MioMed then moved for reconsideration of the arbitrator's award and argued the "condition precedent" issue had not been raised in DJO's motion for summary judgment. MioMed further argued DJO's Illinois motion to compel satisfied the requirement that arbitration be exhausted before legal action could be initiated. DJO objected to the motion to reconsider, and the arbitrator denied the motion.

D. Confirmation

On October 15, 2015, DJO filed a petition to confirm the arbitrator's award in the San Diego Superior Court.

MioMed responded by way of a cross-motion to stay or, in the alternative, vacate the arbitrator's award. MioMed argued confirmation of the award should be determined in Cook County Circuit Court, where MioMed argued the arbitration had been initiated; in the alternative, MioMed argued that the award should not be confirmed because the arbitrator acted improperly in basing his ruling on the "condition precedent" language in the parties' agreement.

The trial court granted DJO's petition to confirm the arbitrator's award on December 1, 2015.2

The trial court entered judgment in DJO's favor on April 18, 2016.

I

Contrary to MioMed's first argument on appeal, the trial court had jurisdiction3 to determine the merits of DJO's petition to confirm the arbitrator's award. Code of Civil Procedure4 section 1292.2 states, in pertinent part: "[A]ny petition made after the commencement or completion of arbitration shall be filed in a court having jurisdiction in the county where the arbitration is being held or has been held." Just as no objection was made at the time of arbitration on the grounds the arbitration took place telephonically while the arbitrator was in his office in Los Angeles, counsel for DJO was in San Diego, and counsel for MioMed was in Los Angeles,5 MioMed made no objection to the jurisdiction of the trial court on the grounds the arbitration did not take place in San Diego. Rather it appears from the record that at all pertinent times—both at the arbitration and while the case was pending in the trial court—the parties treated the arbitration as if it took place in San Diego. Thus, on its face, section 1292.2 provided the trial court the power to act on DJO's petition to confirm the arbitration award.

We reject MioMed's contention that on this record section 1292.6 provides an exception to the jurisdiction provided to the trial court by section 1292.2. Section 1292.6 states: "After a petition has been filed under this title, the court in which such petition was filed retains jurisdiction to determine any subsequent petition involving the same agreement to arbitrate and the same controversy, and any such subsequent petition shall be filed in the same proceeding." (Italics added.) Section 1292.6 is part of Title 9 of the Code of Civil Procedure, which embodies the California Arbitration Act. As MioMed contends, where applicable, section 1292.6's provision of continuing jurisdiction is, by its terms, mandatory. However, as DJO contends, the only petition under the California Arbitration Act in the record here is DJO's petition to confirm the arbitrator's award.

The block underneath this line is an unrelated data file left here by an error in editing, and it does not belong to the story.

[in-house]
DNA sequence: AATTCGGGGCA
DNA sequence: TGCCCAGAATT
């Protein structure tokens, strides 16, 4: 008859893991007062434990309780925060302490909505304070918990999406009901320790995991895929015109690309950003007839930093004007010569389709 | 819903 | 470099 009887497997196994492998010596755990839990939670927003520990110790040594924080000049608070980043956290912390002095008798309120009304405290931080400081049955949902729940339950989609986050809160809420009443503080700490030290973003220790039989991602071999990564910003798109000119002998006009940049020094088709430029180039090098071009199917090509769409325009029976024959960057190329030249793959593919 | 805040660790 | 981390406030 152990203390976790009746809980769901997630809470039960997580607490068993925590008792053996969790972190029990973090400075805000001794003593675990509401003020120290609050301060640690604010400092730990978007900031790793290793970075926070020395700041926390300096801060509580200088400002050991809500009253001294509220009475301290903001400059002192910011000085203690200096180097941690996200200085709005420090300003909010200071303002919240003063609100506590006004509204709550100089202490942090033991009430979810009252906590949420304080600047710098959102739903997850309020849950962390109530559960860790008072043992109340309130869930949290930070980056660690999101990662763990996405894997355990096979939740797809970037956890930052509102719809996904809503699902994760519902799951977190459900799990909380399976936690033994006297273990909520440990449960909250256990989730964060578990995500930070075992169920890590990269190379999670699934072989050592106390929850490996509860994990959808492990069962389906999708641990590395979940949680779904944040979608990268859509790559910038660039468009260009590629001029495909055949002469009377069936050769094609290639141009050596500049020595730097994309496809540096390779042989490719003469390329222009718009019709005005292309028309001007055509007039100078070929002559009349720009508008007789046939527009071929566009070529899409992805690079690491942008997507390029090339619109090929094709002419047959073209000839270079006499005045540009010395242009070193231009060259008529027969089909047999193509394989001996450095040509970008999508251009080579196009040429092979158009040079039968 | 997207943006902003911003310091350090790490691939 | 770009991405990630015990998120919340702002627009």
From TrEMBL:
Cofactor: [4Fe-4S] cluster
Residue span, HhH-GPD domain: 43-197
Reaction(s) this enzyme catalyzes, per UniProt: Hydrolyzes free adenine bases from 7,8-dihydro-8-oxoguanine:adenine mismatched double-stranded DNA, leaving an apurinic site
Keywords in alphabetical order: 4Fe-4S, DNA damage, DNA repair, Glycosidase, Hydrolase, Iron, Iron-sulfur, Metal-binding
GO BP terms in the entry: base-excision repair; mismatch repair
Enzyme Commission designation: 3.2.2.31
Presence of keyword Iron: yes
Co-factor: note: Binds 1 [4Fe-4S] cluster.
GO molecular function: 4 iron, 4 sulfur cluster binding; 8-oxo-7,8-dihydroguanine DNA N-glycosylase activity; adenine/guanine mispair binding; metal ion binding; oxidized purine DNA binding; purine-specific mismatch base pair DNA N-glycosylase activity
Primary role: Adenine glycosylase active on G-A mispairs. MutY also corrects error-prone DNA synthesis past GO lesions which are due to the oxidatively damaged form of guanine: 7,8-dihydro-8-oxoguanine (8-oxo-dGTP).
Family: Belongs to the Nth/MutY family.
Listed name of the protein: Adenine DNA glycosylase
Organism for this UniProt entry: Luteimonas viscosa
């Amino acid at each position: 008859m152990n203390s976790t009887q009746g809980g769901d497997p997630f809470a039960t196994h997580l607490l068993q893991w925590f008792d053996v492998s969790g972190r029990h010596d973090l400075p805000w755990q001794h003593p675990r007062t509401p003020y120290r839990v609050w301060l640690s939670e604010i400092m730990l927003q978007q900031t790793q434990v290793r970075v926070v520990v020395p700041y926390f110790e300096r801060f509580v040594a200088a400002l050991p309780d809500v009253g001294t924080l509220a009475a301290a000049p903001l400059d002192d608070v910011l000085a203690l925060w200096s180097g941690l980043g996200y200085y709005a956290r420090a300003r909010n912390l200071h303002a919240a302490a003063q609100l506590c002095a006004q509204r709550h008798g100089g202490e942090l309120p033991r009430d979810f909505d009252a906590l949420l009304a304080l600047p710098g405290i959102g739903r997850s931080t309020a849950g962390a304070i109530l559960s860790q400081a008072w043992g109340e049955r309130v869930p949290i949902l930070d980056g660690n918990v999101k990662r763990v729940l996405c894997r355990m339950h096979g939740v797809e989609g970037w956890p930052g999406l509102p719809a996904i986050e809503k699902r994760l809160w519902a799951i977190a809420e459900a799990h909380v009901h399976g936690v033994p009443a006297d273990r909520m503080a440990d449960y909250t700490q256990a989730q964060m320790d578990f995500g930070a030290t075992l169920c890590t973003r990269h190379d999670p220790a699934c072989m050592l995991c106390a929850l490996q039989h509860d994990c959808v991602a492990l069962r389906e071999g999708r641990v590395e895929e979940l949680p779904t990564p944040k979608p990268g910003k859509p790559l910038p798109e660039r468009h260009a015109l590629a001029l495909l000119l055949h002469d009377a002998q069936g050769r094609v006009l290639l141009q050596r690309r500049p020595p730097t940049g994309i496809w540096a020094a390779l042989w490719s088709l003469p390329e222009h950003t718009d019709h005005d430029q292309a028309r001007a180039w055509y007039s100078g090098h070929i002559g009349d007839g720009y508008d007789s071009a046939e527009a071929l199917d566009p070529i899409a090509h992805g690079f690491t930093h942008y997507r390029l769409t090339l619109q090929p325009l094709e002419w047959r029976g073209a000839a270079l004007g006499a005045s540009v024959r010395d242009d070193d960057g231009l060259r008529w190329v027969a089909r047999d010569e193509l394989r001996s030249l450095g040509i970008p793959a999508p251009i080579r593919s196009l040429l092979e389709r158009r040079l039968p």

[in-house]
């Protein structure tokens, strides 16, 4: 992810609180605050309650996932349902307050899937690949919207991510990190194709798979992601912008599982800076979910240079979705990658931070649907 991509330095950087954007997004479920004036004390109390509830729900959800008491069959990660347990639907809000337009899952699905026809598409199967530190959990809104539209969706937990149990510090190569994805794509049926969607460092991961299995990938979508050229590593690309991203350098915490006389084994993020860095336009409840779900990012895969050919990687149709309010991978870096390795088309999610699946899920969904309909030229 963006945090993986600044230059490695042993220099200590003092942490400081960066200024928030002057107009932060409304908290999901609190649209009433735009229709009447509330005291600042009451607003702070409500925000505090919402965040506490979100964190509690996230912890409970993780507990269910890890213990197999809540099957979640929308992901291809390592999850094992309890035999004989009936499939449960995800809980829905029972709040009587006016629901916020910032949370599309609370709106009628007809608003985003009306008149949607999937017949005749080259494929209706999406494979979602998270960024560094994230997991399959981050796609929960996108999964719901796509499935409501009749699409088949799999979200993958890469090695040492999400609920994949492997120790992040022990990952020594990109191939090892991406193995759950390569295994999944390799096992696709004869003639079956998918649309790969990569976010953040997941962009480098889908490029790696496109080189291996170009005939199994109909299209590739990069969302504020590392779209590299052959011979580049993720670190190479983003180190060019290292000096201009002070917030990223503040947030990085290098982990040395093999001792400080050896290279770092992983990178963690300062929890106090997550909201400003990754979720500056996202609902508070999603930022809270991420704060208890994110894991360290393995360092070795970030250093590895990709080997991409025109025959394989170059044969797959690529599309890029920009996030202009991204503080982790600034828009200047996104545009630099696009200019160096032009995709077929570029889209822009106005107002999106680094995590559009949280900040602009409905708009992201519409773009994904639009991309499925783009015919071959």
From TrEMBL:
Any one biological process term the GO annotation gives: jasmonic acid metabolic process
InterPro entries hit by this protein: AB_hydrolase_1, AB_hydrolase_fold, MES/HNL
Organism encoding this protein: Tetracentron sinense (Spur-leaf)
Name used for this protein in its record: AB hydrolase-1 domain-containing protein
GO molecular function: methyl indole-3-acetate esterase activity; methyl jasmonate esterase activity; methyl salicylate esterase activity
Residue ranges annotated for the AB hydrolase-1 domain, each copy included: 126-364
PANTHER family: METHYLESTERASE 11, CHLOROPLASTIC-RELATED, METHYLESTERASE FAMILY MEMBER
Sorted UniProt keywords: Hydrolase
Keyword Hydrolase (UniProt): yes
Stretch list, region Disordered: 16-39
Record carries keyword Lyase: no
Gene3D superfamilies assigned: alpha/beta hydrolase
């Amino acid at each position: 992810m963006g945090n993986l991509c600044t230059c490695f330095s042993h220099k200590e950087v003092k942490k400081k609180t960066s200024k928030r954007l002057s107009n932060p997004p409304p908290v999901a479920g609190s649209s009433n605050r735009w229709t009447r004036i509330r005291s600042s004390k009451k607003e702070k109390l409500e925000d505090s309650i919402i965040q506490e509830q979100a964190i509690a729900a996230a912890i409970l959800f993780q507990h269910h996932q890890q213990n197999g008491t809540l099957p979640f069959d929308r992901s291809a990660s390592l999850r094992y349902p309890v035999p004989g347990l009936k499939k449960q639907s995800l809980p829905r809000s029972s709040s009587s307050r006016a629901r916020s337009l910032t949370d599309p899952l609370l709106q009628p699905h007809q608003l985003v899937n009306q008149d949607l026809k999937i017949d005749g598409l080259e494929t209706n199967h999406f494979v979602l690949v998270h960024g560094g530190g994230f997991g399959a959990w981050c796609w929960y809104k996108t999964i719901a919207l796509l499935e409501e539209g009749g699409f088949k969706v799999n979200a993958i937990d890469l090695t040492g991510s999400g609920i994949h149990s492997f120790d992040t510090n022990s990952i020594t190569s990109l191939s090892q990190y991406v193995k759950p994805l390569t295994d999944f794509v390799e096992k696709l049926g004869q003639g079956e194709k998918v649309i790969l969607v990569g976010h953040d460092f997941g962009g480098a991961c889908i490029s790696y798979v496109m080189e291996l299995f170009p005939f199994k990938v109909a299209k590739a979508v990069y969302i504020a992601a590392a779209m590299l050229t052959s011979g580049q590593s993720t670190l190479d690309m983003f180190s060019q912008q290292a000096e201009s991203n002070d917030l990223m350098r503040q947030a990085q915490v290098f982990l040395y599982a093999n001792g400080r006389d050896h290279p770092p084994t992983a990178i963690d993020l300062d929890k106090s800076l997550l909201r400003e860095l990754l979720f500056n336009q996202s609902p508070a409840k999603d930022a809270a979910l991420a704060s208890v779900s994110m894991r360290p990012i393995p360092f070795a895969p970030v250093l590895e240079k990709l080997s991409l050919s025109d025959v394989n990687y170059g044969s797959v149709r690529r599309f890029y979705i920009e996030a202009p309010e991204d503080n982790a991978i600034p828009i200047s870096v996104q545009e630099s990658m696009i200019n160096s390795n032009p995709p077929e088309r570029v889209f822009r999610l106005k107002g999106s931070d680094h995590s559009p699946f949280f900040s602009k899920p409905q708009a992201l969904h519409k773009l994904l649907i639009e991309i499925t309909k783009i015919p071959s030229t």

Admittedly, after MioMed filed its Illinois complaint, DJO filed a motion to compel arbitration in the Illinois action and its motion was granted. Nonetheless, contrary to MioMed's argument, we cannot interpret DJO's motion to compel as a petition within the meaning of section 1292.6. We recognize, as DJO argues, that the Illinois complaint did not conform to the express forum requirements of the distribution agreement; however, we do not believe that fact is necessarily controlling with respect to application of the continuing jurisdiction provided by section 1292.6. (See Frog Creek Partners, LLC v. Vance Brown, Inc. (2012) 206 Cal.App.4th 515, 532 [arbitration often begins as objection or defense to legal action].) Rather, we find section 1292.6 inapplicable on somewhat different grounds.

Our review of the record discloses DJO's Illinois motion to compel was not made under the provisions of the California Arbitration Act, but was expressly made under the provisions of the Illinois' Uniform Arbitration Act (715 ILCS 15/1 et seq.). Consistent with its express terms, we interpret section 1292.6 as providing continuing jurisdiction to courts only when petitions under the California Arbitration Act have been filed in those courts. The Legislature's distinct treatment of petitions brought under the California Arbitration Act as opposed to petitions brought under the arbitration laws of other states, such as DJO's motion to compel, serves obvious and significant interests. Where a court of this state or a sister state is acting under Title 9 of the Code of Civil Procedure, it is applying the California Arbitration Act and protecting the interests of California parties to the extent our arbitration statute provides such protection. In that instance, providing the court where the arbitration process was initiated with the mandatory continuing jurisdiction provided by section 1292.6 poses no real risk to California interests, whether the court is a California court or the court of a sister state. On the other hand, where, as here, a sister state acted under its own arbitration law in ordering arbitration, there is no assurance that California's interests will be vindicated by application of the California Arbitration Act and hence section 1292.6 does not provide mandatory continuing jurisdiction.